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Why too much Vitamin d is Unhealthy

Although Vitamin D does play multiple roles in supporting bone health, muscle function, and nerve and joint health as well as regulating the absorption and utilization of calcium and phosphorus, it does has its own disadvantages too. In fact, all these tasks performed by Vitamin D are not possible if without the help of other molecules such as Vitamins A and C, including even the help of sunlight as well.

Vitamin D may be useful in many instances such as in the treatment of rickets and osteomalacia. However, to begin with, Vitamin D needs the help of other molecules in order to be activated and be readily absorbed into the bloodstream before it can carry out its tasks in regulating the absorption and utilization of calcium and phosphorus, for example. Moreover, even if Vitamin D levels are high but if they are not properly metabolised to be used for biological processes, their build up in the liver can actually cause toxicity and result in pathological changes in the body.

As such, Vitamin D toxicity can result in excessive calcification of bone, kidney stones, calcification of soft tissue, headaches, weakness, nausea, vomiting, constipation, polyuria, and polydipsia, all of which have effects which may be detrimental to an individual. Therefore, in order for Vitamin D to be properly utilized in the human body, other molecules such as Vitamin A and C, choline, unsaturated fatty acids, and phosphorus must be present as they too, play an important role in assisting the absorption of Vitamin D.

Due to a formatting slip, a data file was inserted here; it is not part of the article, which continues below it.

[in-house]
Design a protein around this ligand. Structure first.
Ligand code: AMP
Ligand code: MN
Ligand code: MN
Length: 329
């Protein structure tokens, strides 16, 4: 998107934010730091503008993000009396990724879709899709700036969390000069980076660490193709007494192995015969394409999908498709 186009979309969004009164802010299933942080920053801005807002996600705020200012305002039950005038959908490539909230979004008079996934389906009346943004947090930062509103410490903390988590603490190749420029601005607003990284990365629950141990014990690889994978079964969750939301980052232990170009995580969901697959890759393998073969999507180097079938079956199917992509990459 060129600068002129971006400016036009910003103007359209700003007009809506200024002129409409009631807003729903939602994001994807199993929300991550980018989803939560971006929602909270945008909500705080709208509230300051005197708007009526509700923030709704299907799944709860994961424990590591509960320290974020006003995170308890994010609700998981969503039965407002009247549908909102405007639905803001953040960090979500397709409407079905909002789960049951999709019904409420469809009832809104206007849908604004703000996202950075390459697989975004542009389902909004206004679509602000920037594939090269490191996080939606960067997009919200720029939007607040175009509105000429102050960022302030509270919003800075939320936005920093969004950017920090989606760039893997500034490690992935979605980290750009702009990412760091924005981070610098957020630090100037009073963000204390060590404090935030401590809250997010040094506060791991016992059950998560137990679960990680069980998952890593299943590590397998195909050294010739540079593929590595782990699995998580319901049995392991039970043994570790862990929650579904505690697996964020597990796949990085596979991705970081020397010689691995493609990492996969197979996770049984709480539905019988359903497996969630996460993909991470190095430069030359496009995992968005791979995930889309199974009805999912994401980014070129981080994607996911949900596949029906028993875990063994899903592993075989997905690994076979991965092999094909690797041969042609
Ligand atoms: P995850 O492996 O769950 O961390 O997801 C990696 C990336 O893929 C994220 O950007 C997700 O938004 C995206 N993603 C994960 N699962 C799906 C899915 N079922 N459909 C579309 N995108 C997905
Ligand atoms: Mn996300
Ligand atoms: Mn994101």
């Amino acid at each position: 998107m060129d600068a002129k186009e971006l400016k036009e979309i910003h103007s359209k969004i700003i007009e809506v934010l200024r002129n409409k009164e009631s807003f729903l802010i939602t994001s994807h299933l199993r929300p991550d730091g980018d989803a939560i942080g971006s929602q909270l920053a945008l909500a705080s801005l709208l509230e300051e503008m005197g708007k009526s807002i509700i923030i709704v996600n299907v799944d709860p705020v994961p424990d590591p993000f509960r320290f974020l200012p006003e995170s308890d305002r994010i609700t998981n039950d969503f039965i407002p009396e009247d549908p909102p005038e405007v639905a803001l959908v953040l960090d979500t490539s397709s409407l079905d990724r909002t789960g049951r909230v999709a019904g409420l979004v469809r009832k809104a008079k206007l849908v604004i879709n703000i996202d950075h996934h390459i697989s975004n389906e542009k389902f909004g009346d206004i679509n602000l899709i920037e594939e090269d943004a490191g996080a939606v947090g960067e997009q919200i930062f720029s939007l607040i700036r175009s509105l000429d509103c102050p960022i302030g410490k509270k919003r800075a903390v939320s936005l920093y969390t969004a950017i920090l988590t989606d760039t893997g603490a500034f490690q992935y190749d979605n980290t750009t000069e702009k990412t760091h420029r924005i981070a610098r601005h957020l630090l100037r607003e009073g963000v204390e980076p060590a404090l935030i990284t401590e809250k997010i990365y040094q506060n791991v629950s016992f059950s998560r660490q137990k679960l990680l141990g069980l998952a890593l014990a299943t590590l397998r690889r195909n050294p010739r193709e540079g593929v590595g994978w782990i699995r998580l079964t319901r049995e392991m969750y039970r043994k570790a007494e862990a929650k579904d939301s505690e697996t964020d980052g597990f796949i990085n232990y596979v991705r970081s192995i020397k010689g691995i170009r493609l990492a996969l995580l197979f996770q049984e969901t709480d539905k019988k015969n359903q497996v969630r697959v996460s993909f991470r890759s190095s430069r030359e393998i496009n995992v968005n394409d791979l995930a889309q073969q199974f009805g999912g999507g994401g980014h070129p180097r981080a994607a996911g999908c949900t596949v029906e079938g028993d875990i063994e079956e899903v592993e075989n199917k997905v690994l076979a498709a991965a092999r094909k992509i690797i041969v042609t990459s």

No doubt, sunlight also plays a huge role in aiding the absorption of Vitamin D too. Hence, as to whether Vitamin D can be described as a marvellous molecule, I beg to differ on this given the reasons stated above, that if without the help of other essential molecules, the usefulness of Vitamin D itself is greatly inhibited.